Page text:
In 2019, 71% of respondents say they are ready to adopt new digital technologies or services immediately or gradually. They were 76% in 2017. A drop of 5 points.
It is now 28% of respondents who express a form of distance from digital change.
71% of French people ready to embrace digital change
"The people who are most connected to the Internet and who generally trust digital tools for their personal and professional lives are also those who say they are ready to adopt new technologies," observes Credoc.
Among those most willing to adopt new technologies in 2019 are 18-24 year olds (90%), 25-39 year olds (87%), university graduates (79%), executives (89%), middle class (83%), employees (77%), blue collar workers (74), upper middle class (74%), high income earners (89%), and residents of the Greater Paris area (+8 points).
Conversely, the least willing to adopt new products or services are the oldest people (-30 points compared to the average), people living alone (-16 points), the non-educated (-17 points), the retired (-20 points), the low-income (-7 points) and people living in rural communities (-10 points).
Taking a step back
28% of respondents say they are not ready to adopt new digital technologies or services immediately or gradually. A drop of 5 points.
This "distancing" does not affect, or marginally affects, 18-24 year olds and high earners.
However, it is observed in categories of the population that until now were open to digital change.
Among university graduates, the number of people ready to adopt new technologies drops from 90 to 79% (-11 points). The drop is 9 points among intermediate professions, 8 points among 40-59 year olds, employees and people living in the Greater Paris area, 7 points among executives and 5 points among 25-39 year olds,
This "distancing" is identical among men and women (- 5 points). And this is despite the gap that remains between men and women in their relationship to new technologies: in 2017, 79% of men said they were ready to adopt new digital technologies or services compared to 74% of women. This gap continues in 2019 (74% and 69%).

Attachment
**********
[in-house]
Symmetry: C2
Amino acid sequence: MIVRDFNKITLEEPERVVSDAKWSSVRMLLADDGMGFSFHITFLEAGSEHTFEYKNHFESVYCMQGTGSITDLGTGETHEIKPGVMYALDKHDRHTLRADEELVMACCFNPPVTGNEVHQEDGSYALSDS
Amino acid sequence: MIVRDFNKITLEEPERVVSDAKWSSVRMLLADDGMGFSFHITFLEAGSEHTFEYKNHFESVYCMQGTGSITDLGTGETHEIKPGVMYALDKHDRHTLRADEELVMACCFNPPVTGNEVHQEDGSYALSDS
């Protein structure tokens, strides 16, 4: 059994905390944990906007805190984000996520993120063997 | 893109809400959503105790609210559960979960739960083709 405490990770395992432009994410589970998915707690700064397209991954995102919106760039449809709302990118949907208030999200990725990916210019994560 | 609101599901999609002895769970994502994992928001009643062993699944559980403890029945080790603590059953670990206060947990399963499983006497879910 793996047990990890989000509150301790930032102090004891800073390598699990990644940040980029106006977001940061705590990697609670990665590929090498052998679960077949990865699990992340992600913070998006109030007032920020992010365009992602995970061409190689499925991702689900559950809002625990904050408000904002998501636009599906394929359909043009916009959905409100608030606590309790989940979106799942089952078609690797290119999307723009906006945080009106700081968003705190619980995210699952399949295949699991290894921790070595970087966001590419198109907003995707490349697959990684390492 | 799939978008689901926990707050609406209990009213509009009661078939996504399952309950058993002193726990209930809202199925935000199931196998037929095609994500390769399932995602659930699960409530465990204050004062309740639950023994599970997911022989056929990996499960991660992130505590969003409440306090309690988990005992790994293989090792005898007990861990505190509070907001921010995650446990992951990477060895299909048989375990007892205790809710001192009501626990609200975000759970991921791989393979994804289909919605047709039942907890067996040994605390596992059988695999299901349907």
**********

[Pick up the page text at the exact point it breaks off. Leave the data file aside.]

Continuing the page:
The questionnaire submitted by Credoc distinguished two modalities of adoption of new digital technologies and services: immediate and progressive.
Credoc thus points to a slight increase (+3 points, from 24% in 2017 to 27% in 2019) in the number of people ready to adopt the new technology immediately and a decrease (-8 points) in the share of those who say they want to adopt it gradually, going from 52% to 44%).
This ambivalence, according to Credoc, reflects " a polarization of attitudes towards new technologies".
"Age," observes Credoc, " plays a particularly important role in this polarization: 39% of 18-24 year-olds feel ready to adopt new digital technologies or services 'immediately' (+15 points), while 26% of 40-59 year-olds do not want to go down this path (+8 points).
More than two-thirds of French people do not intend to use connected objects in the future
This distancing is illustrated, observes the Credoc, "by the position of citizens in relation to connected objects"
In 2019, only a minority of individuals (9%) own a connected speaker.